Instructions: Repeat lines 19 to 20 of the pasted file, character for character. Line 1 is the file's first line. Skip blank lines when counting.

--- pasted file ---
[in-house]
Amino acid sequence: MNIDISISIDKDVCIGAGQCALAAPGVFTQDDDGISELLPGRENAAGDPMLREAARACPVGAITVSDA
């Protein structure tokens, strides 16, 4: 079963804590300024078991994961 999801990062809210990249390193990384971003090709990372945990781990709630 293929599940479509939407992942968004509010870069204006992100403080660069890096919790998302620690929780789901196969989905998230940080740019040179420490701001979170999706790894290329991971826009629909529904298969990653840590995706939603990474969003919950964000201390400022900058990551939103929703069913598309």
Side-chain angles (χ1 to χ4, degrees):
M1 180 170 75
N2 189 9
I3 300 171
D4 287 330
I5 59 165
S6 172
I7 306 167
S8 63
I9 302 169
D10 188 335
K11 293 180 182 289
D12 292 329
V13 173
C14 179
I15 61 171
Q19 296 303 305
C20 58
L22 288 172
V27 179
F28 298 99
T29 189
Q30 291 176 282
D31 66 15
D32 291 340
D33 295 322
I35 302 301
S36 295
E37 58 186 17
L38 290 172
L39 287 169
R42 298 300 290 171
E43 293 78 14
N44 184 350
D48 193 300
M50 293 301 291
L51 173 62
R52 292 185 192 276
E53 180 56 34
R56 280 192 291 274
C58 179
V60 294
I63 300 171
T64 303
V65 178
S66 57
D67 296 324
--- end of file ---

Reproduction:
I15 61 171
Q19 296 303 305